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Decision in case 1885/2017/DR concerning the refusal by the European Investment Bank to pay certain child and family allowances to a staff member

The case concerned the refusal by the European Investment Bank (EIB) to pay certain child and family allowances to a staff member who, after separating from her partner, gained sole custody of their common child.

In the course of the Ombudsman’s inquiry into the matter, the EIB decided to pay the complainant the allowances in question.  

As the EIB had thus settled the complaint, the Ombudsman closed the case.

Background to the complaint

1. Under the European Investment Bank’s (EIB) Staff Rules[1], staff members with children are eligible for the following allowances and benefits: the family allowance[2], the dependent child allowance, the education allowance[3], a tax abatement for a dependent child and travel expenses to the place of origin or centre of interest[4]. Where two staff members are married or in a legal partnership, the EIB’s practice is to pay these allowances and benefits to the staff member with the highest salary.

2. The complainant is an EIB staff member who separated from another EIB staff member in January 2017. They have one child.

3. From February 2017, the EIB transferred the payment of the dependent child allowance[5] to the complainant, the child’s mother, instead of her former partner[6].

4. In July 2017, a Luxembourgish court granted full custody of the child to the complainant.

5. Following this, the complainant asked the EIB to pay to her, instead of her partner, the family allowance and the allowance for travel to the centre of interests. She also requested that it grant her the tax abatement for a dependent child.

6. The EIB refused to do so. It explained that it could transfer to the complainant “only those entitlements directly depending on the custody (...) of the child”, that is the dependent child allowance and the education allowance. The family allowance, the centre of interest allowance and the tax abatement continue to be paid to the parent receiving the highest basic monthly salary[7].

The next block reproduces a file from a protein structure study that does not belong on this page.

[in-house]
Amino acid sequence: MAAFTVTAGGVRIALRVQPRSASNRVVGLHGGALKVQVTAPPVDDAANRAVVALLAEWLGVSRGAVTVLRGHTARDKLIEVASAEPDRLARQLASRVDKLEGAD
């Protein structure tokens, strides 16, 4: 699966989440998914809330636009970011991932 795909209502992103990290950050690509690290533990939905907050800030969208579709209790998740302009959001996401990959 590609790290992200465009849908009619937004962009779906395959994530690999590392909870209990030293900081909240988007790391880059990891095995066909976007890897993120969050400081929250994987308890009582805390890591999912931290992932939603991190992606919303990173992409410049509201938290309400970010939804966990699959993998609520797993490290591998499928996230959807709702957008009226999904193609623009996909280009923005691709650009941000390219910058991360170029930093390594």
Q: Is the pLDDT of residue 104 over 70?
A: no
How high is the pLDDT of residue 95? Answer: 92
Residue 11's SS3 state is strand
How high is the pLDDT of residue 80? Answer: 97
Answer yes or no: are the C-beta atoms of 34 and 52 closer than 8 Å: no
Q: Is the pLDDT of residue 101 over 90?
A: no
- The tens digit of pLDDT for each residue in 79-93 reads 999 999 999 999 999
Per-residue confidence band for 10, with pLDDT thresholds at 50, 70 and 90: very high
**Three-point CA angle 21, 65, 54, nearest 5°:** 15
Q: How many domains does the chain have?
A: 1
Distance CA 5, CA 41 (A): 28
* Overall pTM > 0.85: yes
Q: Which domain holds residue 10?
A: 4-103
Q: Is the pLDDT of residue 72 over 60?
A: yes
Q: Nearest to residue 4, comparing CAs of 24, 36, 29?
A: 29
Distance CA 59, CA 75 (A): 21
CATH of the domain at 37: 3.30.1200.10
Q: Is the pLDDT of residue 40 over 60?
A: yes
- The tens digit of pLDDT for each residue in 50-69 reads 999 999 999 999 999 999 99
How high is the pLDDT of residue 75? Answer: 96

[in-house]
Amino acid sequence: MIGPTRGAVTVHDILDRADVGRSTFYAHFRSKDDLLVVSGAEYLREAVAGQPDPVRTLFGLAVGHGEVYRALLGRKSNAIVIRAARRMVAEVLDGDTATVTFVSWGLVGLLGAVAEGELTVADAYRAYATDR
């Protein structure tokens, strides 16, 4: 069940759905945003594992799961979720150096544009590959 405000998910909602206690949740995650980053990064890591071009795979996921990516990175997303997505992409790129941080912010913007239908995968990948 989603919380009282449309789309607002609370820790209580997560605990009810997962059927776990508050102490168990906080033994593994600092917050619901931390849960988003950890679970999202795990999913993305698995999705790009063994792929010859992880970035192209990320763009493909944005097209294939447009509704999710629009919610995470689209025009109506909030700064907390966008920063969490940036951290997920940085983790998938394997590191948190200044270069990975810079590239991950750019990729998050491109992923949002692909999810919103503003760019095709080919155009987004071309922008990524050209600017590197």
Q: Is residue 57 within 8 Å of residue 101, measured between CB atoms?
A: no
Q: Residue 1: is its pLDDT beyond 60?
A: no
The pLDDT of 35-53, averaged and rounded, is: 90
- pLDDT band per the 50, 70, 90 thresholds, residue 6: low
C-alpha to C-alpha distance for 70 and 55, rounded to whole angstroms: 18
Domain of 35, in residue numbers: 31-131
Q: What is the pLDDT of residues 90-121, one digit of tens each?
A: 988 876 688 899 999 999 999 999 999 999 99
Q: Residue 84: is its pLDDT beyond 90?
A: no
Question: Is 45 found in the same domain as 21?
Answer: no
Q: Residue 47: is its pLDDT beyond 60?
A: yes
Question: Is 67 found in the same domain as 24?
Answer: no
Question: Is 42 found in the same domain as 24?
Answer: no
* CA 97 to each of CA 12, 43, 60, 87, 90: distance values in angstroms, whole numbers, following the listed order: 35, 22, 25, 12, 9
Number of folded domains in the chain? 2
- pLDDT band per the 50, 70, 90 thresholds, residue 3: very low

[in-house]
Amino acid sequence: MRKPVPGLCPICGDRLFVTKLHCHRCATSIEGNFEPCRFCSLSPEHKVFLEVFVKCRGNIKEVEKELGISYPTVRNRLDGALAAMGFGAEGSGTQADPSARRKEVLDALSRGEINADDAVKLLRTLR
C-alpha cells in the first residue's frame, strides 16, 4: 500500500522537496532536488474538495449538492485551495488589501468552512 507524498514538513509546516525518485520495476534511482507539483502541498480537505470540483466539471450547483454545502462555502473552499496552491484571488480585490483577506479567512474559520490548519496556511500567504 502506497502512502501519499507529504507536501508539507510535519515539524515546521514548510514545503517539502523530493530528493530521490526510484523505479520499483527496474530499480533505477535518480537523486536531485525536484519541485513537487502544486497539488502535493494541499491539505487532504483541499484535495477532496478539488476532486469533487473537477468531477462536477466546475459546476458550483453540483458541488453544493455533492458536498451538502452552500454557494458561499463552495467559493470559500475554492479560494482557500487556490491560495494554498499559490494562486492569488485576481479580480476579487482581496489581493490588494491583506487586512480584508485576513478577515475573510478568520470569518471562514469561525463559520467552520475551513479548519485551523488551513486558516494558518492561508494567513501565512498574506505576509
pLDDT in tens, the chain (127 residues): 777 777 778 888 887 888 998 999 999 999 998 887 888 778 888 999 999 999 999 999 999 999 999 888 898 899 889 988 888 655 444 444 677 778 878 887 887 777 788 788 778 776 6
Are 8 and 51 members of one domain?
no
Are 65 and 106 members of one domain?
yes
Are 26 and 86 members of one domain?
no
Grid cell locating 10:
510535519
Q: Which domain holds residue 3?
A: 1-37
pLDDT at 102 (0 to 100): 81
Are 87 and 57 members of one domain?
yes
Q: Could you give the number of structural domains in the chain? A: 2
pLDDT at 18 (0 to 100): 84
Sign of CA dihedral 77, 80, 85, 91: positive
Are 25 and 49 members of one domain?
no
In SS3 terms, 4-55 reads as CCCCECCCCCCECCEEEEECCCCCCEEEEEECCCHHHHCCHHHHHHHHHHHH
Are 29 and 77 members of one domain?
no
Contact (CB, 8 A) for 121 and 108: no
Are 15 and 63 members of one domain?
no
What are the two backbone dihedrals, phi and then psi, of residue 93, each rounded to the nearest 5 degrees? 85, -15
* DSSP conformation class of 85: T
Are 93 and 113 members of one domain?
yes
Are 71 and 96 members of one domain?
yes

7. Dissatisfied with the EIB’s decision, the complainant turned to the Ombudsman in October 2017.

The inquiry

8. The Ombudsman opened an inquiry into the EIB’s refusal to pay to the complainant all the allowances linked to her child.

9. In December 2017, while the inquiry was underway, the complainant initiated a conciliation procedure with the EIB[8],[9]. As the procedure appeared to be still ongoing in September 2018, the Ombudsman contacted the EIB and asked it to inform the complainant about the outcome, which it subsequently did later that month.

10. The outcome of the conciliation procedure was that the EIB agreed that the complainant was eligible for the family allowance and to pay this retroactively. The EIB decided that the complainant was also entitled to benefit from the tax abatement for a dependent child and to receive the allowance for travel to her centre of interest.

The Ombudsman's assessment

11. By agreeing to pay the complainant the allowances in question, the Ombudsman considers that the EIB has settled this complaint.

Conclusion

Based on the inquiry, the Ombudsman closes this case with the following conclusion:

The European Investment Bank has settled the complaint.

The complainant and the EIB will be informed of this decision.

 

Lambros Papadias

Head of Inquiries - Unit 3

Strasbourg, 13/11/2018

 

[1] The EIB’s Staff Rules are a set of provisions implementing the EIB Staff Regulations.

[2] The family allowance is equivalent to the ‘household allowance’ provided for under the EU Staff Regulations. It is granted to staff who are married (or in a registered partnership) and/or have children.

[3] The education allowance for dependent children is paid from primary school until completion of university studies.

[4] The EIB pays an annual flat-rate allowance to staff members whose centre of interest is situated 50km or more from their place of employment. This allowance covers the travel expenses of the staff member, their children and of their spouse/legal partner, where they are not a staff member of the EIB or of another international organisation.

[5] Because of the age of the child (less than 6 years old), the mother would not yet be eligible for the education allowance.

[6] This decision was based on the Luxembourgish law that gives automatic full custody to the mother when a registered partnership ends.

[7] This position was based on Article 2.2 of the EIB’s Staff Rules. Article 2.2.1 (‘Family allowance’) of the said rules provide that:

The following members of staff shall be entitled to family allowance (...):

(a) married employees;

(b) employees who are legally separated or divorced and who are obliged by a court order to

provide chief maintenance;

(c) employees who are unmarried, legally separated, divorced or widowed, where they are entitled to dependent child allowance (see 2.2.3.). (...)

Where both spouses are Bank employees, the allowance shall be paid to the spouse with the higher monthly basic salary”.

[8] Article 41 of the EIB’s Staff Regulations provides for a conciliation procedure as an internal remedy for disputes concerning staff issues, aimed at seeking an amicable settlement between the staff member and the EIB.

[9] The complainant asked the Ombudsman to postpone dealing with her complaint until this procedure was finalised.